Members of the Associated Students of Madison met Wednesday afternoon to develop measures to assist Arab-American students who have been victims of harassment after last Tuesday’s terrorist attacks.
“Harassment aimed towards Arab Americans is one of our main concerns after the attacks in New York and Washington, D.C.,” ASM Diversity Committee Co-Chair Jenny Chen said. “We have heard from other students of many more incidents occurring against Arab Americans, but no one is actually calling and reporting anything.”
Chen said she heard from other students about two Arab-American students recently not allowed to ride a Madison Metro bus.
Chen cited this as an example of students not reporting an incident to the administration.
According to Jennifer Epps, ASM Diversity Committee co-chair, the number of harassment and violent attacks that have been reported to the UW administration has remained low.
“Reports of harassment have remained low because of the climate of our administration,” Epps said. “Students don’t see the administration as people they can speak to about these attacks.”
Epps said students need other options.
“We want to be able to inform students about other resources to confide in besides the administration, and give them more options on where to go for help,” Epps said.
Chen said the administration’s low visibility is another reason students do not report incidents of harassment.
“[ASM] sees and talks to students every day,” Chen said.
At Wednesday’s meeting, ASM discussed implementing a program similar to Speak Out, a resource allowing students to report incidents of harassment to the administration. ASM discussed forming a similar program, but having it organized by students instead of UW administrators.
Chen said they are also discussing the implementation of a crisis line.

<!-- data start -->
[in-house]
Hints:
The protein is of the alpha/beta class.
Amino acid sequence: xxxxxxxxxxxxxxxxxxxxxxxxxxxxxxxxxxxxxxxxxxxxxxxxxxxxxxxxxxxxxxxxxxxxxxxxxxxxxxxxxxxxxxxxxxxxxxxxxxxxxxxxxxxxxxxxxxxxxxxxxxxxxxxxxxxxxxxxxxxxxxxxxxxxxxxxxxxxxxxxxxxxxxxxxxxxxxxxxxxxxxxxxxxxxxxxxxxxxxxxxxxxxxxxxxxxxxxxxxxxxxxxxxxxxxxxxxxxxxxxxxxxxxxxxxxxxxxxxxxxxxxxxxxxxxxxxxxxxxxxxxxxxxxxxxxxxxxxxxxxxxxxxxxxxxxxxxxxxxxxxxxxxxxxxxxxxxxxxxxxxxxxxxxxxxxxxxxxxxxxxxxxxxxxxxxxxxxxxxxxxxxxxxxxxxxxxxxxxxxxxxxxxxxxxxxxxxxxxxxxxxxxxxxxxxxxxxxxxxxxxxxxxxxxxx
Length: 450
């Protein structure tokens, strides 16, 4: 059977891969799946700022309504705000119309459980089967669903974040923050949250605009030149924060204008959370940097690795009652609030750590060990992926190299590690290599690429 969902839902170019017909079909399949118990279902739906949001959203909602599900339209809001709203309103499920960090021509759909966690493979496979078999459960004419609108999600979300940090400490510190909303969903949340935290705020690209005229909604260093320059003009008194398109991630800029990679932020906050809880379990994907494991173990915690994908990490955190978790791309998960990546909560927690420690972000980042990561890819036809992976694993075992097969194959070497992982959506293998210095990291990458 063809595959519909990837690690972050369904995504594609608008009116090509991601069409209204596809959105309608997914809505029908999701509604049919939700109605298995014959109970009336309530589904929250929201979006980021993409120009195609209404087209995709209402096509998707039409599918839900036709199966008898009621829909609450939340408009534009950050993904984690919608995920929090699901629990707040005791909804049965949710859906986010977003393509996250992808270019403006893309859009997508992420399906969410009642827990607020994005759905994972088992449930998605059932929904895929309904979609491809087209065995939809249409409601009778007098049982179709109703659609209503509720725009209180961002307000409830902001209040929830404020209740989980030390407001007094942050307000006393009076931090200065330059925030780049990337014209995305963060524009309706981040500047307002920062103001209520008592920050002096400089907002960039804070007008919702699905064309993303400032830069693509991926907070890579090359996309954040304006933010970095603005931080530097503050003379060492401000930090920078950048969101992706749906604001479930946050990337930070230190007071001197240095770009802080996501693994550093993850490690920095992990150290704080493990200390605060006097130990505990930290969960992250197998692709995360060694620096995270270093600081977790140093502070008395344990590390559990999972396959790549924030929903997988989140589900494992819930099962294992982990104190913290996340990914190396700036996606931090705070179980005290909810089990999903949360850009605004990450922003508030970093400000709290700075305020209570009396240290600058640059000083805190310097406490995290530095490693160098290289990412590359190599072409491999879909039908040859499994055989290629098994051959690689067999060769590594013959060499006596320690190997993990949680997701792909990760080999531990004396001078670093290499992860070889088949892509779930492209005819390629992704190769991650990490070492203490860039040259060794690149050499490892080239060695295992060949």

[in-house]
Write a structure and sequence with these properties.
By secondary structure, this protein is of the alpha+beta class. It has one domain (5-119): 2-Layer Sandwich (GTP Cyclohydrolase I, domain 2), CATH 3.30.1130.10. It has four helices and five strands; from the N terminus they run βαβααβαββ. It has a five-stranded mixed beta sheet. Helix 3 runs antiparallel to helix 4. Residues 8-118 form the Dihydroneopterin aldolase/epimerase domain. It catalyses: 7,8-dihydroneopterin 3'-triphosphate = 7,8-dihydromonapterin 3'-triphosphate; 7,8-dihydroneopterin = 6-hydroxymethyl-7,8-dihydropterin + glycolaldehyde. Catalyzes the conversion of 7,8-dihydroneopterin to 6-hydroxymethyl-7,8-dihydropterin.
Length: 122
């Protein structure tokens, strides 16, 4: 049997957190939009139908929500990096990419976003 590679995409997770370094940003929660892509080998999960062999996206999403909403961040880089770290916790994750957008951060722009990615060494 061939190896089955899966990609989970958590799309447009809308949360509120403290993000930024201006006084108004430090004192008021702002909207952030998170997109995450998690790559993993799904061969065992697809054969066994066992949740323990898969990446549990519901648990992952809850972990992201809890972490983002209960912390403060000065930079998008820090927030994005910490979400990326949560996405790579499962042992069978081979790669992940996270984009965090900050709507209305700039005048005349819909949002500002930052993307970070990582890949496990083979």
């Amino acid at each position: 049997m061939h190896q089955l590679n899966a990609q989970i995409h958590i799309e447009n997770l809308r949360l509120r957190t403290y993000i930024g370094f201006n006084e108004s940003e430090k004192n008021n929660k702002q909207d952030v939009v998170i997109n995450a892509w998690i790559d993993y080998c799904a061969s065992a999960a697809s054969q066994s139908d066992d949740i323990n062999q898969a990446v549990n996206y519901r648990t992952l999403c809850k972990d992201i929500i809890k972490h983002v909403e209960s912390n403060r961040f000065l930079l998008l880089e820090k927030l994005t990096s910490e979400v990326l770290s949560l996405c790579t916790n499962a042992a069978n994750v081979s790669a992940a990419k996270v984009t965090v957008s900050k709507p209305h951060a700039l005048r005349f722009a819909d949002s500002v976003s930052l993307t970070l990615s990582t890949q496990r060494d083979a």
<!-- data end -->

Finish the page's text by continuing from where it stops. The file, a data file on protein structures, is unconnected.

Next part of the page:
“It is really hard, however, to get the funding and volunteers to wait by the phones,” Chen said.
These plans are not only aimed towards Arab Americans, but to other students who may be targets for harassment as well. Philip Ejercito, ASM campus relations chair, said incidents of verbal and physical harassment have been occurring even before last Tuesday’s events.
“A week before classes started two students were attacked on Gilman Street, and the administration was not able to help because the attack did not happen on university grounds,” Chen said.
Ald. Todd Jarrell, District 5, also met with the members of ASM to discuss plans to address harassment occurring off-campus as well as on campus.
Ejercito said the administration sees the campus area as only including university land, such as classrooms and dorms.
“But ASM wants to focus on the campus area all the way from downtown to Fordham Avenue, which is basically where most students live.”
Chen said she hopes to work with Jarrell and the Public Safety Review Board to focus on preventing further attacks associated with race.
“Racism is a huge problem and will continue to be a problem,” Jarrell said.
“Basically, ASM and I are brainstorming ways to give students who have been harassed on campus and in the community more valuable resources.”